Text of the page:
Every week, IRIN’s team of specialist editors scans the humanitarian horizon to curate a reading list on important and unfolding trends and events around the globe:
Papua New Guinea earthquake: the risks to women
The damage caused by a powerful earthquake that struck Papua New Guinea in late February could take “months and years” to fix, according to the country’s prime minister. But advocates also warn of the effects the disaster could have on women. The country has one of the highest rates of sexual violence against women in the world, and natural disasters can amplify problems women already face. Aid groups reported an increase in domestic violence and sexual assault, for example, during a drought in 2015 and 2016. After sudden disasters like earthquakes, women face greater risks. For instance, emergency shelters often aren’t built with women in mind, said Priyanka Bhalla, an advisor on gender-based violence with the International Federation of Red Cross and Red Crescent Societies. “There are no separate spaces for men and women, there are no safe spaces, there are no separate toilets, the toilets don’t have any lights,” Bhalla told IRIN. Two weeks after the earthquake, officials in Papua New Guinea are still tallying the damage, with rescue teams struggling to reach remote highland villages cut off by landslides. Authorities reported at least 100 fatalities caused by the earthquake or its powerful aftershocks.
Spotting ‘slavery’ from space
Can you track rights abuses from space? Researchers at the University of Nottingham have been using satellite imagery to trace the proliferation of brick kilns — which labour and rights groups say are a widespread source of abuse and exploitation — over a swathe of South Asia. In findings released this month, the researchers estimated that more than 55,000 brick kilns exist over a vast “brick belt” spanning parts of Pakistan, Nepal and northern India. The figure is “the first rigorous estimate” of brick kilns in the area, researchers say, and a key step to providing missing data that can be used to confront labour abuse. They add that their work is another example of how remote sensing can be used in the humanitarian sector, calling the technology “ripe for exploration”. Rights groups say debt bondage and child labour are rampant in South Asia’s brick kilns, which make heavy use of migrant workers. A September report from Anti-Slavery International claimed India’s brick-making industry was rife with “endemic levels of debt-bondage and the worst forms of child labour”, particularly among migrant workers.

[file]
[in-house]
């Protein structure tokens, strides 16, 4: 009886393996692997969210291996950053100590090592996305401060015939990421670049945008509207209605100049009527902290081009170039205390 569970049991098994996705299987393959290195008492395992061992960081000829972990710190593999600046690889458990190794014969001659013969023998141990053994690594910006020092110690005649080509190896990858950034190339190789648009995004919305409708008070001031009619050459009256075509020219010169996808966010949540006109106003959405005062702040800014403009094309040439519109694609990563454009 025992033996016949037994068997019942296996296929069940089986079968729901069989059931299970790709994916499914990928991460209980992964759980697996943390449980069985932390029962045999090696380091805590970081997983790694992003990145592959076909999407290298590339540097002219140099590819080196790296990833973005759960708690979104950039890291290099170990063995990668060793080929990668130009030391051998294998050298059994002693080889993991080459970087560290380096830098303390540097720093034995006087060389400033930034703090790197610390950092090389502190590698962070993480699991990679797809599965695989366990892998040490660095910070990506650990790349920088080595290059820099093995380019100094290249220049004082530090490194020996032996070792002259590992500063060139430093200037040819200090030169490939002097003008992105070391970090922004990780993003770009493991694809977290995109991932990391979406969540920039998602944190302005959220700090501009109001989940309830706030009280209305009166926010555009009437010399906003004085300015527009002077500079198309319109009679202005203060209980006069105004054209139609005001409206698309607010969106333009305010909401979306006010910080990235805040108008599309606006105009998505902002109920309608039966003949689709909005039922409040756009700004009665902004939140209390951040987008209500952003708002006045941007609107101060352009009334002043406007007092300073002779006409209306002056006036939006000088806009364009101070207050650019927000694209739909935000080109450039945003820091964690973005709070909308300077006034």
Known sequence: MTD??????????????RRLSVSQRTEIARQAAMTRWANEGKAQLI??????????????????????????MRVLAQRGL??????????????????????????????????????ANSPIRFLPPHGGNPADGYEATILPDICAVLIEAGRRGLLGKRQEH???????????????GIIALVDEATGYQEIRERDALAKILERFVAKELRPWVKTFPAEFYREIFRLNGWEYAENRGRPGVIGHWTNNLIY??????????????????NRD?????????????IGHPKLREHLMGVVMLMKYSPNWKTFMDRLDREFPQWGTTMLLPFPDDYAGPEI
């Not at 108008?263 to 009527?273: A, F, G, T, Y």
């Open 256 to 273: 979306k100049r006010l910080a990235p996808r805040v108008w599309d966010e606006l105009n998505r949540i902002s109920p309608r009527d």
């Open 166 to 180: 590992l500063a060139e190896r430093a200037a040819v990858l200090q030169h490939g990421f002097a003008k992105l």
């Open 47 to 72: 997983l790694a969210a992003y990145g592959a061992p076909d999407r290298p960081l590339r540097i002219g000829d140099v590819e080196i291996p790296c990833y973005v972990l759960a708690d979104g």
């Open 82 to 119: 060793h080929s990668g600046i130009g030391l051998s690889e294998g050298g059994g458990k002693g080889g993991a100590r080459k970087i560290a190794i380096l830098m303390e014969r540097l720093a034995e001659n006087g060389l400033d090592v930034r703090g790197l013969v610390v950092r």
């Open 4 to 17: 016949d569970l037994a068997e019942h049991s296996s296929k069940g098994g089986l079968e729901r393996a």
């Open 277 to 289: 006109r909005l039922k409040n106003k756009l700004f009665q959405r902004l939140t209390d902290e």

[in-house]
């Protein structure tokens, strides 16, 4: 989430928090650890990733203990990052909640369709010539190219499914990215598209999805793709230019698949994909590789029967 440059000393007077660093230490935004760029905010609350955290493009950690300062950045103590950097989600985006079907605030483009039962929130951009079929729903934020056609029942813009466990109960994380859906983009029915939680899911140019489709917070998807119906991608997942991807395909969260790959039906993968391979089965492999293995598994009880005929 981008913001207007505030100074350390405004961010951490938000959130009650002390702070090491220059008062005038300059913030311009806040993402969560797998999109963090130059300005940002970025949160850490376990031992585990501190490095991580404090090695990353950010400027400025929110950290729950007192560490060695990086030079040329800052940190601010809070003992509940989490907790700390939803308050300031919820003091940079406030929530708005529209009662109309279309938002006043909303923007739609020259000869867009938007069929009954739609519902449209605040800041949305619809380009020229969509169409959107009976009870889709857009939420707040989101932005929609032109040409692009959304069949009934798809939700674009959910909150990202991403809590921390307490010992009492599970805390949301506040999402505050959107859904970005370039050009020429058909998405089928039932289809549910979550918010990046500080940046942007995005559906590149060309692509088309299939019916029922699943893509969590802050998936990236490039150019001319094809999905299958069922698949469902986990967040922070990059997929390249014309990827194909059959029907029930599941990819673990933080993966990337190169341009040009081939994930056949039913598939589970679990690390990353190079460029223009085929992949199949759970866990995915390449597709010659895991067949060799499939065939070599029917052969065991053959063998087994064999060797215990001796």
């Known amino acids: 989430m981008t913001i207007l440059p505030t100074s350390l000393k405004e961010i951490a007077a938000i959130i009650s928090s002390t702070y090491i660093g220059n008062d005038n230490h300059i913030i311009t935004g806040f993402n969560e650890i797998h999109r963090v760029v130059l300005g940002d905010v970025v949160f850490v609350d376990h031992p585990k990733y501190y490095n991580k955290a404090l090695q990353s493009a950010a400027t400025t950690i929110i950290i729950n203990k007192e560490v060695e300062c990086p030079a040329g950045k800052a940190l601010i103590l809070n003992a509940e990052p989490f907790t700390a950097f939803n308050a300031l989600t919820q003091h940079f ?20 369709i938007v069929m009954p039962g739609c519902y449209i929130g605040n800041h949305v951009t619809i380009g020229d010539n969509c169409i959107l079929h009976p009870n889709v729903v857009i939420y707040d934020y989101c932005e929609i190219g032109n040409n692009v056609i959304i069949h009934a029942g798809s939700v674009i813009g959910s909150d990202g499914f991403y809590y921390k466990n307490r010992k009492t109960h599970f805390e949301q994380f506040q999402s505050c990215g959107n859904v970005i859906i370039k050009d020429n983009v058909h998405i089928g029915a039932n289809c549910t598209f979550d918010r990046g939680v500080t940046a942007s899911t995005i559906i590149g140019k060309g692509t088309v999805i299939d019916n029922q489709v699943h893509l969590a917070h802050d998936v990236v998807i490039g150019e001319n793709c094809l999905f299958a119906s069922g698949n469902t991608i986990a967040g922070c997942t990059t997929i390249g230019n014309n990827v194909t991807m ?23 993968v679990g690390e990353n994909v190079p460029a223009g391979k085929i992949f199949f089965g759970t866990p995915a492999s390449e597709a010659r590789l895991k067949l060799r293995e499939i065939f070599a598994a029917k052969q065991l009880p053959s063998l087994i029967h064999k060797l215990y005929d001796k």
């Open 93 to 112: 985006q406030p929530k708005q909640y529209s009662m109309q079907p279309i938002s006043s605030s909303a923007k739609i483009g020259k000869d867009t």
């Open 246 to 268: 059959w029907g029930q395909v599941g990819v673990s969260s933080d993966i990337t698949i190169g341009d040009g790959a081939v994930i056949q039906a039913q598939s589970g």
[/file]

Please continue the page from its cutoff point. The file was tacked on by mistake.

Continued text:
Trapped in Eastern Ghouta
Humanitarian corridors – safe zones that are meant to allow aid in or people out of a dangerous situation – are nothing new, neither in Syria’s seven years of violence nor in war at large. We’ve seen them go horribly wrong in Srebrenica, and they failed to do much in east Aleppo. But here we are again, in Eastern Ghouta, with Russia claiming it has set up passages that allow civilians to leave the battered enclave and assistance to enter it during a five-hour window each day. The plan was immediately knocked as a “joke” by the US. Russia has said opposition groups are shelling the corridors, and the International Crisis Group points out that the routes may even serve as cover for further military escalation. What’s clear is that the fighting continues, civilians are not getting out, and very little aid has made it in. Does anyone even remember that Security Council-ordered ceasefire?
Aid agencies worry that public sympathy is in short supply. As public fatigue with long and apparently intractable wars mounts and news coverage drops away, popular pressure for action and donations tends to dry up. So aid organizations are coming up with new ways to cut through the ennui. Critics say some are cheesy and awkward, at worst exploitative: gamification of actual warfare, its victims and humanitarianism? Up for debate. And what do actual victims think? But we digress. One of the newest entrants in the quest to stir public interest in humanitarian issues is from The International Committee of the Red Cross, whose iPhone app that presents a child’s experience of war as a 3D “augmented reality” experience. Analyst Michael Neuman, of the MSF-affiliated think tank CRASH, in a series of tweets greeted news of the app in January with a jaded eye: “Many (at least, I do) will just see it as 1/ a mere distraction, 2/ a new source of profit (Davos, c’mon on), and raise 3/ ethical questions.” Ethical quandaries aside, does the new app “Enter The Room”, pack the “devastating” emotional punch ICRC claims?
In case you missed it
Conflicts seem to be mushrooming in the Democratic Republic of the Congo. The latest region to flare up is Ituri, in the northeast. The New York Times has published compelling evidence of burned villages visible from satellite imagery. On the ground, refugees have poured eastwards into Uganda, and have grim tales to tell. The causes of the violence are not widely agreed by analysts. The region was last wracked by violence between the Hema and Lendu communities in 2002. This week IRIN reporter Samuel Okiror met some of the Congolese who have fled Ituri by boat, and we published their accounts.
It was The New Humanitarian’s investigation with the Thomson Reuters Foundation that uncovered sexual abuse by aid workers during the Ebola response in the Democratic Republic of Congo and led the World Health Organization to launch an independent review and reform its practices.
This demonstrates the important impact that our journalism can have.
But this won’t be the last case of aid worker sex abuse. This also won’t be the last time the aid sector has to ask itself difficult questions about why justice for victims of sexual abuse and exploitation has been sorely lacking.
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